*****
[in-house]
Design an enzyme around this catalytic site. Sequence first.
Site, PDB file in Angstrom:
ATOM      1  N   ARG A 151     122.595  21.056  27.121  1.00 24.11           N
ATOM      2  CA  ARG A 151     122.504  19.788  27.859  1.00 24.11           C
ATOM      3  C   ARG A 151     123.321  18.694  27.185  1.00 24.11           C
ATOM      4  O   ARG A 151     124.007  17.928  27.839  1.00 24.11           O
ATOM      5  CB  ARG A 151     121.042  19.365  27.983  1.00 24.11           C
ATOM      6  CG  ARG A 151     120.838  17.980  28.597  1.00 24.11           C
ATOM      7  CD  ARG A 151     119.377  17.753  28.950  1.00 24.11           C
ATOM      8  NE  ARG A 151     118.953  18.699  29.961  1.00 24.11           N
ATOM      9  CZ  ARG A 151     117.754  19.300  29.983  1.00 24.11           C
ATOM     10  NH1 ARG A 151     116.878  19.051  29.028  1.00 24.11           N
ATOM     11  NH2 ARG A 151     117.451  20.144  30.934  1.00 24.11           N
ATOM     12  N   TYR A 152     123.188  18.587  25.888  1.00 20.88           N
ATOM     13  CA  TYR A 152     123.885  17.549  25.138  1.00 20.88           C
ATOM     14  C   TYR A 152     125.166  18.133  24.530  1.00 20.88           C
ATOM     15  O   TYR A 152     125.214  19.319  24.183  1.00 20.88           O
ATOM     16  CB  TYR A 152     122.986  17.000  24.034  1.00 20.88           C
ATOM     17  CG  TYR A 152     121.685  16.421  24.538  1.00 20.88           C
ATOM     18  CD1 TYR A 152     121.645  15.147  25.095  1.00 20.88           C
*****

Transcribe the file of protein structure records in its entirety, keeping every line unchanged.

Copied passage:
[in-house]
Design an enzyme around this catalytic site. Sequence first.
Site, PDB file in Angstrom:
ATOM      1  N   ARG A 151     122.595  21.056  27.121  1.00 24.11           N
ATOM      2  CA  ARG A 151     122.504  19.788  27.859  1.00 24.11           C
ATOM      3  C   ARG A 151     123.321  18.694  27.185  1.00 24.11           C
ATOM      4  O   ARG A 151     124.007  17.928  27.839  1.00 24.11           O
ATOM      5  CB  ARG A 151     121.042  19.365  27.983  1.00 24.11           C
ATOM      6  CG  ARG A 151     120.838  17.980  28.597  1.00 24.11           C
ATOM      7  CD  ARG A 151     119.377  17.753  28.950  1.00 24.11           C
ATOM      8  NE  ARG A 151     118.953  18.699  29.961  1.00 24.11           N
ATOM      9  CZ  ARG A 151     117.754  19.300  29.983  1.00 24.11           C
ATOM     10  NH1 ARG A 151     116.878  19.051  29.028  1.00 24.11           N
ATOM     11  NH2 ARG A 151     117.451  20.144  30.934  1.00 24.11           N
ATOM     12  N   TYR A 152     123.188  18.587  25.888  1.00 20.88           N
ATOM     13  CA  TYR A 152     123.885  17.549  25.138  1.00 20.88           C
ATOM     14  C   TYR A 152     125.166  18.133  24.530  1.00 20.88           C
ATOM     15  O   TYR A 152     125.214  19.319  24.183  1.00 20.88           O
ATOM     16  CB  TYR A 152     122.986  17.000  24.034  1.00 20.88           C
ATOM     17  CG  TYR A 152     121.685  16.421  24.538  1.00 20.88           C
ATOM     18  CD1 TYR A 152     121.645  15.147  25.095  1.00 20.88           C